He lays out the fundmentals and, using personal examples sprinkled with humor, tells how he puts them into practice and what it will take for readers to do the same. He's also honest; nothing is a sure thing - meaning no matter how you approach a person or a situation, slam-dunk success won't always happen. And if you're not willing to practice, practice and practice some more, you might as well fuhgettaboutit. By the end of the book, you'll have a doggone good grasp of the techniques he used - still does - to become successful. If you pay attention and follow through, they'll be of help no matter whether you want to become a Home Shopping Network sales guru, navigate the corporate ladder or win the hand of a fair maiden (well, at least get her to talk to you).

Throughout, more food for thought is added by way of catchy but meaningful  snippets, such as:

"Facts tell, stories sell."

"Your audience isn't going to decide based on anything you say or do, but on how you make them feel.

"A lesson by example is always more effective than a lesson by lecture." 

"'No' is just 'yes' misspelled.'" Okay, okay, that one is gag-me-with-a-spoon hokey, but it's a point well taken nonetheless.

The bottom line is this: If you're looking to get in control of your professional and/or personal life, this book is a pitch perfect place to start. Many thanks to the publisher for allowing me to read an advance copy in exchange for an honest review. Well done!

You Get What You Pitch For by Anthony Sullivan and Tim Vandehey (Da Capo Lifelong Books, September 2017); 246 pp.

Saturday, September 2, 2017


5 stars out of 5

Bloody well done, I say!

Without the shocking surprises, this would have been a good book. With them, well, it's out of the ball park. My proof? I had one eye on the pages of my Kindle Fire while I watched our Ohio State Buckeyes roll over Indiana University in their season-opening game. After that - and I hasten to add I'm not trying to make a political statement here - the same thing happened the next evening during my never-miss The Rachel Maddow Show on MSNBC (well, okay, I admit Rachel was off that night, but I also like her fill-in, Joy-Ann Reid). That never happens unless I'm so engrossed in a book that I just don't want to put it down.

I can't, of course, reveal any of those surprises, but I can tell you a little about what's going on. Jessica Lane has taken her sister Bella, a Carmelite nun, for a hot-air balloon ride over Northumberland National Park near England's border with Scotland as a birthday surprise. While the pilot is flying low, they watch in horror as a young woman is murdered. Not long thereafter, the balloon crashes spectacularly, leaving just one survivor - the one who saw the killer's face. Unfortunately, he saw hers as well, and he's not about to let her get away.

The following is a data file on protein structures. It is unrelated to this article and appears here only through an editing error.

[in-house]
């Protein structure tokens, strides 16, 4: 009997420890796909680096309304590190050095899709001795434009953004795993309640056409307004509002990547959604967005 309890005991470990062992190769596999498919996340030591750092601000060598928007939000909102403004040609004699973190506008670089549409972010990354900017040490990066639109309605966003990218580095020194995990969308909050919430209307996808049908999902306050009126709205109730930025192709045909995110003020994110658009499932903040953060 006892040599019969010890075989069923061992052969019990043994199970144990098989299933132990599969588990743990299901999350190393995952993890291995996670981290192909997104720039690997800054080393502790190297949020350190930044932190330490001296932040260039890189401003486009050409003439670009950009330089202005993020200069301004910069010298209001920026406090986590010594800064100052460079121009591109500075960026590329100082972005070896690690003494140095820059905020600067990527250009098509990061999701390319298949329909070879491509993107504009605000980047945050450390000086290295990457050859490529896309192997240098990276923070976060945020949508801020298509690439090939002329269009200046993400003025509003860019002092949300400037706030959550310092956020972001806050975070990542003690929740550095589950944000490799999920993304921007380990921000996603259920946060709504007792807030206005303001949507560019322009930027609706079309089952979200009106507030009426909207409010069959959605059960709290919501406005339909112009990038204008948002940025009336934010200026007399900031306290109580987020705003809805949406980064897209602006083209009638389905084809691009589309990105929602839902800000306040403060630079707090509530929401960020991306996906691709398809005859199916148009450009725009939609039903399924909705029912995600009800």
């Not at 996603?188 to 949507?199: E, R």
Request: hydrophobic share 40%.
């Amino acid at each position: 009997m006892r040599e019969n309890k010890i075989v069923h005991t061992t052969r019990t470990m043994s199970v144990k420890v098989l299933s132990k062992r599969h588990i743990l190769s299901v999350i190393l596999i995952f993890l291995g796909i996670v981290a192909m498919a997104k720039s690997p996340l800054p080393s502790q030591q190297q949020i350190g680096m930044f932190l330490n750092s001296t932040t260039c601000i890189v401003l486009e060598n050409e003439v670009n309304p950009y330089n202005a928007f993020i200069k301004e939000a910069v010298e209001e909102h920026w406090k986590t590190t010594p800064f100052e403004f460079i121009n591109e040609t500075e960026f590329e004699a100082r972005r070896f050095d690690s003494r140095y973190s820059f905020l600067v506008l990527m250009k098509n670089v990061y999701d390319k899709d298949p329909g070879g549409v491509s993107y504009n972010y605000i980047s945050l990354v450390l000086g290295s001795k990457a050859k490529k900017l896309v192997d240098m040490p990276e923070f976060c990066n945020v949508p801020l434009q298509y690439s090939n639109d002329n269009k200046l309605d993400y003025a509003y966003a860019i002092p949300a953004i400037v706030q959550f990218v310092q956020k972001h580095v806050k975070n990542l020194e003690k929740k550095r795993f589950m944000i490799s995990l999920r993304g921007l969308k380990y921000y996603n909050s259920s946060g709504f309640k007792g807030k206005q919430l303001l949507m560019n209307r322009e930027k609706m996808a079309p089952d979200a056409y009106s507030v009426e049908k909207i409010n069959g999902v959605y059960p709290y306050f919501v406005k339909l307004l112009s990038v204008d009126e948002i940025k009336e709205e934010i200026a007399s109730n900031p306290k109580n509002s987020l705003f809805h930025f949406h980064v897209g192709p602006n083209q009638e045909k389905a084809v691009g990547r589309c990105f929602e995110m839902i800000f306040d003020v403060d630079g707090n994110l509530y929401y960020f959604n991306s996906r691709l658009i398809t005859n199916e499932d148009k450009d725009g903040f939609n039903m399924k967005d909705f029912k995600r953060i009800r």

Meanwhile, the local police have identified the survivor as Jessica, but neither they nor the killer are able to find her. She could be badly injured or so confused that she doesn't know what happened or where she is, but now the police and the killer share the same purpose: Finding her. But could it be that they share the same end game?

Using a mix of flashbacks beginning 28 years earlier, the story begins to take shape as we learn bits and pieces of the sisters' childhood years. The flashbacks are minimal, each bringing the reader closer to the current time period and offering more clues with regard to the real reason behind the balloon crash (I've gone on record with my distaste for the over-used flashback technique, but tell you what: If it's ever been done really well, it's in this book, so you'll get no complaints from me this time out).

The race to find the missing woman is filled with tension that just kept building - and just when I was on my next-to-last fingernail, bam! The first twist hit the fan. OMG, did I really read that, I asked myself, flipping back a couple of pages to be sure my eyes weren't deceiving me. But wait, there's more!

For that, though, you'll just have to read the book for yourself. As for me, I'm, just gonna sit here for a day or two and let the whole thing sink in. Lest I forget, many thanks to the publisher for allowing me to read an advance copy in exchange for an honest review. My conclusion? Wow!

Dead Woman Walking by Sharon Bolton (Minotaur Books, September 2017); 368 pp.